Dear Lucille, My husband is obsessed with his cell phone. He’s so addicted to it that he checks his messages even while we’re having sex!–propping his phone up on a pillow next to us. We had a huge blowout about it. It’s beyond rude–but he says he has to stay ‘on top’ of things. I’ve had enough Lucille. What can I do? Heather, Bottomed Out In Cleveland
Wow, your husband won’t let go of his bone! It’s his favorite toy.
When my Dad is texting, first I just stare at him with my tongue hanging out. Take a look: IMG_4329
Then I run and get a sock for a game of tug of war. Or I just sit still and look pretty until he notices. And if he still ignores me, I start barking and never stop until he pays attention.Maybe you should try it.
Cell phones are the pits—for dogs too. Last night, when I was out taking a walk, somebody (staring down at their phone) stepped on my paw. Ouch!
My Dad says: Compulsive texters are virtual sleepwalkers. They move in a trance, consumed by that little box. It’s an addiction that gobbles up 8-10 hours a day.
Heather, you have it bad in bed, but out there in the park, it isn’t so great either. Phone junkies don’t see or hear anything happening around them. They’re not actually IN the park–they’re just AT the park, never ‘in the moment’ like we dogs are. Why not? Because they find the sunshine, plants, flowers, dogs like me–and all the people around them much less interesting than Facebook, Twitter, E-mails, and Amazon.
Even if their own dog (or daughter) is dancing, they just ignore or, or miss it! And when people text and drive, or talk and drive, it’s even worse, with their heads are up their you know whats. Accidents happen.
My nose is always to the ground, my eyes and ears on alert. Dogs don’t need phones—and people don’t need ’em as much they think they do.
But texters walk right into you, and if they’re unlucky, maybe into a bus or a car.
In your case, Heather, enough is enough. If your husband won’t put that phone away, even when you’re rubbing his tummy, then you have to teach him a lesson:
Bite on his bone! Take away his water.Forget his laundry.Mix up his socks. Lose a golf club.Hide his phone charger.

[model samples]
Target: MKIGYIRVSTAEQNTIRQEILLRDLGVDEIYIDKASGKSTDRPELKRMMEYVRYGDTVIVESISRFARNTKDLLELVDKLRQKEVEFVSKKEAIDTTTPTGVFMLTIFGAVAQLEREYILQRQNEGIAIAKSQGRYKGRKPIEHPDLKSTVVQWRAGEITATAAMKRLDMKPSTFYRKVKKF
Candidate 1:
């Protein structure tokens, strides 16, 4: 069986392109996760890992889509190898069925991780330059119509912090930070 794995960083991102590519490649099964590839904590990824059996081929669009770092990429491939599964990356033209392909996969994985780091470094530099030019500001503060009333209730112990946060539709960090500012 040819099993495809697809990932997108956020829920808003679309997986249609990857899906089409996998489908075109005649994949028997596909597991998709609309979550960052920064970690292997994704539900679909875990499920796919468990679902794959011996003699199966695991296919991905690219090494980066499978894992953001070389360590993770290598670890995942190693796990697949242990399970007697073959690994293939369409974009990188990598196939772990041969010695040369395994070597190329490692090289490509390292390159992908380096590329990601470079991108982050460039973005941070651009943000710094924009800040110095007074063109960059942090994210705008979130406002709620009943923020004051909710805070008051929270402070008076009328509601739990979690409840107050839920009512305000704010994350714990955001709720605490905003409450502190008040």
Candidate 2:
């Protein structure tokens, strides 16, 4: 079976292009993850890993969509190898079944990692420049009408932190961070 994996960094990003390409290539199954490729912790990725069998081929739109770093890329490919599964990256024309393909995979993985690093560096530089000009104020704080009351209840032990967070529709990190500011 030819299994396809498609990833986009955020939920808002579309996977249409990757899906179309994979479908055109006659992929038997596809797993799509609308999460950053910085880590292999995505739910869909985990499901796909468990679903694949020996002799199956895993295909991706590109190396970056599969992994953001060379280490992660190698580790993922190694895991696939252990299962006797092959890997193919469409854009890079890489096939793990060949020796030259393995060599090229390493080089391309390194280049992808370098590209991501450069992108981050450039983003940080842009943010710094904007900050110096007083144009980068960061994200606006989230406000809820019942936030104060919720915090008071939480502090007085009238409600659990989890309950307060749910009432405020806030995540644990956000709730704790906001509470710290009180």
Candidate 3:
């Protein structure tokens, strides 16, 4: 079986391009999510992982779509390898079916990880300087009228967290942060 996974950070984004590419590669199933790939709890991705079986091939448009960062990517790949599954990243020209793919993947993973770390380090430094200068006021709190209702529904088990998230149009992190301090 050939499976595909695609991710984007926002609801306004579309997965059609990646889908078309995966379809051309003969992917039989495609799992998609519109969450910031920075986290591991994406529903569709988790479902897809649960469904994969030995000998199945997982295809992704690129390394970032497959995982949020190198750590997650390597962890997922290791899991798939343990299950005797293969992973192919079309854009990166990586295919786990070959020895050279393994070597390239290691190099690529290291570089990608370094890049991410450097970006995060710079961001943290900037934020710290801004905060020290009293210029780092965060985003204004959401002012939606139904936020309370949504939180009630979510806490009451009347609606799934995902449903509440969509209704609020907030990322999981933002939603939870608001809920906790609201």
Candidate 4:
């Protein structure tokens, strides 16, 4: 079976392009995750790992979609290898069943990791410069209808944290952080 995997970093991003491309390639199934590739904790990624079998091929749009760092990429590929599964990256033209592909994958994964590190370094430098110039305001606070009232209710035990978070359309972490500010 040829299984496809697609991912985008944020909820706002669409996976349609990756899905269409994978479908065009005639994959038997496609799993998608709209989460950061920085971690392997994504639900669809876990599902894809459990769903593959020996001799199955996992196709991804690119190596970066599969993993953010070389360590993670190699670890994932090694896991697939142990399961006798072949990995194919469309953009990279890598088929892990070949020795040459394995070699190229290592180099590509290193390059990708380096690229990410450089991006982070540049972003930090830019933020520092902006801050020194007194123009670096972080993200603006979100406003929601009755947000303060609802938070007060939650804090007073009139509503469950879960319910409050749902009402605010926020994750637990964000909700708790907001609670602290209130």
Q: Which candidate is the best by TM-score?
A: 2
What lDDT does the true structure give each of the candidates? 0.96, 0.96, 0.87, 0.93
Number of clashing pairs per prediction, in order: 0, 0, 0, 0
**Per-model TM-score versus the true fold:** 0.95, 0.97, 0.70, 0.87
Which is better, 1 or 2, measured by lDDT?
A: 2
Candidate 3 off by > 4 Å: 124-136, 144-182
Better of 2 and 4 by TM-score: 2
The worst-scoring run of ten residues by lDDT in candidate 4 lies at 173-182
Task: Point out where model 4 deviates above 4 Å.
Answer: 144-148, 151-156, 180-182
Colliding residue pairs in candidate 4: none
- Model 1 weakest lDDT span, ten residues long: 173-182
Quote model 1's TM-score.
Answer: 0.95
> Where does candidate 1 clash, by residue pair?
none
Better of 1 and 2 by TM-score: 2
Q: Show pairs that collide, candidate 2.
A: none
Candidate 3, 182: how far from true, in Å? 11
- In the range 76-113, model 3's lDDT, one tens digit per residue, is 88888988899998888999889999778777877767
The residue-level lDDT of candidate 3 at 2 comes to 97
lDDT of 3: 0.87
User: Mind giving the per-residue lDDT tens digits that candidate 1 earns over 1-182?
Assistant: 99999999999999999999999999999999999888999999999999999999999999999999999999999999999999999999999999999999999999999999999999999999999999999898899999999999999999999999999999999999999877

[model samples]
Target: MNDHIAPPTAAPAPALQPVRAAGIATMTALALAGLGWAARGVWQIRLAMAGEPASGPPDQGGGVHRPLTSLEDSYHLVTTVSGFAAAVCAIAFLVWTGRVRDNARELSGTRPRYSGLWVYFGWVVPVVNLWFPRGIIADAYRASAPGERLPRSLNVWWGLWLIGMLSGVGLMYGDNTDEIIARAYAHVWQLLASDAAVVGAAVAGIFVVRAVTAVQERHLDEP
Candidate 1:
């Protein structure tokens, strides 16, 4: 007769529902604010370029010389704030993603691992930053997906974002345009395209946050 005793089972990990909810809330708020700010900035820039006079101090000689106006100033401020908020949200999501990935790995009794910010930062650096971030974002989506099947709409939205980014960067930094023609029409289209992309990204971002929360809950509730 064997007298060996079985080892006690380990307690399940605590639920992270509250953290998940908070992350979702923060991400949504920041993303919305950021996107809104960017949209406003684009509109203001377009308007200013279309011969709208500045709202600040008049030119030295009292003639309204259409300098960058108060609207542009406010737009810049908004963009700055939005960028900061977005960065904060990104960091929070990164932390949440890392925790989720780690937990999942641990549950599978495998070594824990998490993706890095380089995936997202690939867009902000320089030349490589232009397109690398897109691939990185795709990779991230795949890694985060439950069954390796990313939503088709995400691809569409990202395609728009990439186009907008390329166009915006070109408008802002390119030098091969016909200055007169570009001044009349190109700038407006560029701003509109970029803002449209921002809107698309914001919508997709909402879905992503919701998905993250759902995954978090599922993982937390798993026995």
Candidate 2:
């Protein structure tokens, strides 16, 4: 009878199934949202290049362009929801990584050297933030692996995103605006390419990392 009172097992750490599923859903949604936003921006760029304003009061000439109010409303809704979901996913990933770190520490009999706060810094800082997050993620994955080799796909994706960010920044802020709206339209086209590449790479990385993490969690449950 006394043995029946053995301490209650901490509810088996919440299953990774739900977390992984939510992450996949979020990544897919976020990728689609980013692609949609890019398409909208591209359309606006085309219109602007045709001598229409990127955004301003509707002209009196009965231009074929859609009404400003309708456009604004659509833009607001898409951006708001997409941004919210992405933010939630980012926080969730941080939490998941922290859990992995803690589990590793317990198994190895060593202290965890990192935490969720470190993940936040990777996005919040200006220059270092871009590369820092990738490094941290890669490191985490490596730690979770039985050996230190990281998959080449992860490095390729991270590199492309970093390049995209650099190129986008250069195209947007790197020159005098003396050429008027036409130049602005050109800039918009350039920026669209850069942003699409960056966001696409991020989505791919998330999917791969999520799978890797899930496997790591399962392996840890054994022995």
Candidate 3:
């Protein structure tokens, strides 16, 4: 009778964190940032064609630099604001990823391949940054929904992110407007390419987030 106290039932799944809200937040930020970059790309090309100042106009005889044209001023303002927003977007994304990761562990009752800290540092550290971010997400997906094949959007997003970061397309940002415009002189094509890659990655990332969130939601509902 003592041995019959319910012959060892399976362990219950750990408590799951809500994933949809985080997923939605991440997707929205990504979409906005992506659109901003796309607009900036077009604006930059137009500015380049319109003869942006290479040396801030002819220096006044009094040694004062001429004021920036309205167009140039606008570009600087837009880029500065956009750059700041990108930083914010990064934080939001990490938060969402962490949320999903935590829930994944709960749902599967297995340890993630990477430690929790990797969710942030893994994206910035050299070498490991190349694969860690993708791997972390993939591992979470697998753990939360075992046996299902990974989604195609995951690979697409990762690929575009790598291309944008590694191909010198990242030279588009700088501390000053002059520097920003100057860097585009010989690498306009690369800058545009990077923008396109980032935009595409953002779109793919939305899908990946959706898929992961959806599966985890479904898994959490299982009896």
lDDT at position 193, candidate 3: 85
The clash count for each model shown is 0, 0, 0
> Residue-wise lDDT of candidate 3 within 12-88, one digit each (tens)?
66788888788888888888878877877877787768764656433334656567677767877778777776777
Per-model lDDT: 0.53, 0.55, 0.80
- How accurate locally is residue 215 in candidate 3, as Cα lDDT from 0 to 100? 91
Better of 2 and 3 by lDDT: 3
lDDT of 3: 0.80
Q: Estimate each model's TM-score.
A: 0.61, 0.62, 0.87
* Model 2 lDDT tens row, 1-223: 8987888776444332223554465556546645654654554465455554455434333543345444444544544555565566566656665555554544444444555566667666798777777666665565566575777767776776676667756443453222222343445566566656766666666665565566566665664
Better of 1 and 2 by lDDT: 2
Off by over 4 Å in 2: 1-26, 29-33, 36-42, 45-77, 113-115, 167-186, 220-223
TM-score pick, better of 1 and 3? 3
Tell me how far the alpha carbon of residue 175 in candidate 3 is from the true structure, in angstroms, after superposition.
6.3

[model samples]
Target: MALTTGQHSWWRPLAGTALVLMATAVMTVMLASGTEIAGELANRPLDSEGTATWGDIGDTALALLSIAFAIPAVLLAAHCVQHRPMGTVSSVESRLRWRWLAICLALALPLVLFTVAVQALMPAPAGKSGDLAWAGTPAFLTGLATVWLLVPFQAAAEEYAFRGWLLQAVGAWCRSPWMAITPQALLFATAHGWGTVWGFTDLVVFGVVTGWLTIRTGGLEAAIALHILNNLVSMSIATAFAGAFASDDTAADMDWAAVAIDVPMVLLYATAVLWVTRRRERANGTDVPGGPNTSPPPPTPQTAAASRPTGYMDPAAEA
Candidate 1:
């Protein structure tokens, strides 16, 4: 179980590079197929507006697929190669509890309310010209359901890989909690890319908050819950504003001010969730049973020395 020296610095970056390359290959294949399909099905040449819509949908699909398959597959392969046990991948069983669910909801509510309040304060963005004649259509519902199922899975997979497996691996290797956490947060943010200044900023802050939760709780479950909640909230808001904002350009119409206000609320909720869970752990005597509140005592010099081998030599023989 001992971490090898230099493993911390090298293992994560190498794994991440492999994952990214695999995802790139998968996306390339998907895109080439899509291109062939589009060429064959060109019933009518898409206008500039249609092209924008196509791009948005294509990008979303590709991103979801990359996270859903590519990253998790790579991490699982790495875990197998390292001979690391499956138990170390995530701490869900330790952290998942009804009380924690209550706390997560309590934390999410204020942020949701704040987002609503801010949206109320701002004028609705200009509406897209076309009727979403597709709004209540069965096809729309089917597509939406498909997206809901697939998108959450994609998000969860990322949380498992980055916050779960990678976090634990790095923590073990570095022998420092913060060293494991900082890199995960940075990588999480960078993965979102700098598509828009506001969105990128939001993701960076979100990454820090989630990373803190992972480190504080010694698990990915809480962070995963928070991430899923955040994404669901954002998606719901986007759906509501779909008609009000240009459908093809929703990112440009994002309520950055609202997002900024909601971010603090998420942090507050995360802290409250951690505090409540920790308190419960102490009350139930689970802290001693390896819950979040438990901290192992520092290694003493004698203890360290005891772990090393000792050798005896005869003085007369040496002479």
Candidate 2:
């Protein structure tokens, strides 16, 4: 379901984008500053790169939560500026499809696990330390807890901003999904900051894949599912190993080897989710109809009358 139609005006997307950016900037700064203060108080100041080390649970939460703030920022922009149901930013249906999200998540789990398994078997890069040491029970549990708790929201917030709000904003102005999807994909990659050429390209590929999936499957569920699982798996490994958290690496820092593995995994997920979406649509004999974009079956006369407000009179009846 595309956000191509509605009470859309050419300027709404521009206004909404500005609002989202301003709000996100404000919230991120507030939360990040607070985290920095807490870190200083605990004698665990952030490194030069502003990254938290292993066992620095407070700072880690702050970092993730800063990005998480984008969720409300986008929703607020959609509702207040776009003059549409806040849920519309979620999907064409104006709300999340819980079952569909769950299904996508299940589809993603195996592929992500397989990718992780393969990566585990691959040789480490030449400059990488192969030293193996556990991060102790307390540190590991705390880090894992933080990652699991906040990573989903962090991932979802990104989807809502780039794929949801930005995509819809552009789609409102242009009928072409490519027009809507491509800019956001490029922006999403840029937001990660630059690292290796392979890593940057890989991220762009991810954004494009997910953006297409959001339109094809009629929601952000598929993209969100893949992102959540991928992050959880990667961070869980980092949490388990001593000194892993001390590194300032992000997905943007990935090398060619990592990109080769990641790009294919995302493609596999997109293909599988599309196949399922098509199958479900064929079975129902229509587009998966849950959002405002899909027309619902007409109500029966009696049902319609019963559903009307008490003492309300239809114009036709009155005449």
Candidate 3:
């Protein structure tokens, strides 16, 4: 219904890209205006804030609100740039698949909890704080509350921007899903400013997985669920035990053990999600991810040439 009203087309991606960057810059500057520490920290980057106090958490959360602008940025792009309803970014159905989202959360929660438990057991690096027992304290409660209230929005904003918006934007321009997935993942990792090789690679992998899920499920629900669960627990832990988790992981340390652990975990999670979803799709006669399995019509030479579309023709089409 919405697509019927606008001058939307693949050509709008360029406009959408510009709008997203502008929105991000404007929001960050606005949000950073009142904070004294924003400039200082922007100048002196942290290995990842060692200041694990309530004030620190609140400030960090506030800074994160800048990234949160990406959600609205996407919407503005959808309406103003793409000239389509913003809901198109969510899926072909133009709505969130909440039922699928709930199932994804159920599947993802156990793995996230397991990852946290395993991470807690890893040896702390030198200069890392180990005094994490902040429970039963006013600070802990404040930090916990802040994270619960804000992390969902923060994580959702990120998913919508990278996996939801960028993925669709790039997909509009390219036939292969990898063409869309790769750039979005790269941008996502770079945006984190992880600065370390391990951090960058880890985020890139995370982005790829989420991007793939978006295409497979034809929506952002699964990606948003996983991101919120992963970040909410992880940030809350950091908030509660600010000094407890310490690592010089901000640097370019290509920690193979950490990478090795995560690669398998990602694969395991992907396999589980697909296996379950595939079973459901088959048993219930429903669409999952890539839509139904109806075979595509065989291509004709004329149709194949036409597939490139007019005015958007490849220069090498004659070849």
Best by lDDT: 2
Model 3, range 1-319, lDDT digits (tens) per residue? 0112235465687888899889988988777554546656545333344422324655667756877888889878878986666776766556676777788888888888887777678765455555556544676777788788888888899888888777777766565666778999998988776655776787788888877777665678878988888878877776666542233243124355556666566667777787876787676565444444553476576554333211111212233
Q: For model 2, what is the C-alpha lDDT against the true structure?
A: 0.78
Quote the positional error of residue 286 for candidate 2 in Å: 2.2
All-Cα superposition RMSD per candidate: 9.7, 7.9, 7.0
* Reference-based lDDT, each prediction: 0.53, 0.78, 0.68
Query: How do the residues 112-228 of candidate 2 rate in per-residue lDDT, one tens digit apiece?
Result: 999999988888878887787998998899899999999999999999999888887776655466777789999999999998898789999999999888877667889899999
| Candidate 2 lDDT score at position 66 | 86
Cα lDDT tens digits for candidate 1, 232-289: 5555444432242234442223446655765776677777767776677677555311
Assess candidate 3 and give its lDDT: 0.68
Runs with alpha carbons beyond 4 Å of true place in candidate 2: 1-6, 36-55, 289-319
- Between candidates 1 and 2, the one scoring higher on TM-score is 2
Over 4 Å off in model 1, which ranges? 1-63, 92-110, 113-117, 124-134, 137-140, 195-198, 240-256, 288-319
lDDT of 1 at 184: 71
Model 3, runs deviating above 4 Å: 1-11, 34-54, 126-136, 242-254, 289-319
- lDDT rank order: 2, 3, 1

And if nothing else works, kick him to the curb. Either he loses his phone or he loses you.
My literary agent, Jan Miller, is a passionate lover of beagles, and her adorable dog Schumacher just celebrated his birthday with a delicious cookie treat–which made my dog, Lucy, quite jealous. Look at those soulful eyes!
Yes, she has plenty of dog toys–an elk bone, a Nylabone, stuffed animals, kongs, rubber balls, torn socks–but why bother with those when she can eat Chinese grasscloth off the wall? Or my new sneakers? Or most recently, C A S H. Yes, I was in the bathtub reading a magazine and I heard Lucy contentedly chewing on something–which turned out to be my WALLET. Not only did she eat through the leather with gusto, but she also took $200 and efficiently tore the money in half with her nice white teeth. By the time I got out of the tub, and almost broke my back slipping on the marble floor, she had my American Express card in her mouth, knawing on that as well.
She could be a custodian–as she also relishes going through the bathroom and kitchen waste baskets, excavating for watermelon rinds or used paper toweling. And when she can can work it into her schedule, a long doggie list of don’ts, she also has enjoyed eating through the silk backing of pillows. And in the evening, nothing makes her happier than finding Bazooka chewing gum. I recently found four pieces in her mouth, and she managed to blow a few bubbles.
Mind you, while “her” room is untouched by chewing and totally intact with no damage done–her very own silk pillows still in pristine condition without a saliva stain on them–she doesn’t feel a bit of guilt about tearing into my space.
Today, she’s in “time out” in her room, stretched out on the beige couch, enjoying the air-conditioining, and watching the Food Channel, too hot to destroy anything else for the moment, but she will. The terrible twos really are pretty bad, but I’m hopeful that with proper
training, and lots of NO’s–she’ll understand that hers is a dog’s life, rather than my own.